|Reference Number:-||Sprake Number:-||Godden Number:-|
|obk 8||not listed||recorded without number|
Printed at bottom of card mount:-
cm deep by cm wide
Technical Details supplied by Lewis Cowen:
by Lewis Cowen:
When the second world war was over, the directors at BWA had to consider how best to re-introduce silk to a new generation of customers growing up in an era of rationing, and they came up with the idea of making a silk picture that would demonstrate not only the capabilities of their looms, but also the skills and versatility of the crafts involved in silk weaving.
At that time, at nearby Woodford aerodrome, a new aeroplane was being built by A V ROE, based on the successful wartime bomber - the Lancaster. This new aeroplane would be a transport aircraft capable of being converted to passenger carrying. It was called the Avro York, and was eventually to make some 30,000 flights to Berlin during the famous post war airlift of 1948/1949.
BWA's directors felt that the first 'York' to be sold to an airline would make a suitable subject for their first silk picture. It would promote the skills and flexibility of the silk Jacquard loom, and copies could be given to employees and officials of A V ROE and to passengers on the inaugural flights. In 1946 the project was commenced.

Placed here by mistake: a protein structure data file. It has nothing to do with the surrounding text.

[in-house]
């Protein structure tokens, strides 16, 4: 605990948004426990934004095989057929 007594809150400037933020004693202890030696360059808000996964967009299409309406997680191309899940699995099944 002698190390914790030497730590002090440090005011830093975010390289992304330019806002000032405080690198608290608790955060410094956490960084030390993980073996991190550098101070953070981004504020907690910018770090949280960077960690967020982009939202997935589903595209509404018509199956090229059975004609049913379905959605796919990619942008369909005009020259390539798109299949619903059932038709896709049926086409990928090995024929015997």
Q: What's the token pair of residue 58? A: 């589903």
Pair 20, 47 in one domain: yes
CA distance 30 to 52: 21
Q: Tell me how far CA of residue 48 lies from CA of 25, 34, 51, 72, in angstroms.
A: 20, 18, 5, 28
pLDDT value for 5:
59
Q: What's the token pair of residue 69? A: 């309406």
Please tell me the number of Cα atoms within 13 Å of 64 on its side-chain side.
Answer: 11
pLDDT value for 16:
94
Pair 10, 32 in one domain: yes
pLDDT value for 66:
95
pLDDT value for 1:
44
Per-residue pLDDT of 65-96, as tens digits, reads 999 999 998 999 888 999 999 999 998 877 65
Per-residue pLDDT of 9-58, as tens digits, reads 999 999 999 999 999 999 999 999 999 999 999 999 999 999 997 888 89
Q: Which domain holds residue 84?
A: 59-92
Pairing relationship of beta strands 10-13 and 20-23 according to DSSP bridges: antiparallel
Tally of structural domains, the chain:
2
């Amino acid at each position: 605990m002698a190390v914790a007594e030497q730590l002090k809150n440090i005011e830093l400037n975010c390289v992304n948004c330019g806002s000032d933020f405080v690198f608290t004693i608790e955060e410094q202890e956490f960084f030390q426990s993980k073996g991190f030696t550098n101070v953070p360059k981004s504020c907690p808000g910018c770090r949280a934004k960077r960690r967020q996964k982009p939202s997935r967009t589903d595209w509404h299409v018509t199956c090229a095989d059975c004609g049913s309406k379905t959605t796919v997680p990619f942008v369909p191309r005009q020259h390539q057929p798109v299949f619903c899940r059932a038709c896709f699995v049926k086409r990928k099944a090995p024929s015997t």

There are two schools of thought on the precise sequence of events from this point. One is that the design and weaving fell behind schedule, and the pictures were not ready for the inaugural flight. The other suggests that A V ROE found the finished article to be not to their liking and refused to have any part in its distribution. Whatever the reason BWA were faced with the problem of finding another outlet for them, and this they did by having the silk pictures mounted on beige/brown card and attaching a calendar, suspended by ribbon, underneath. These were then sent to prestigious customers and one was given to each of the BWA's employees. Many went abroad.
Lewis notes the card mount to be a brown colour. Very dark green mounts have also been seen, and it is these coloured mounts which define the original issue of this silk picture. Several years later BWA realised their pictures were being bought as collectors items, and they seem to have reissued all the early ones mounted in a white card mount (as the main image above). The actual silk though in these white reissued pictures almost certainly came from the original 1946 weaving.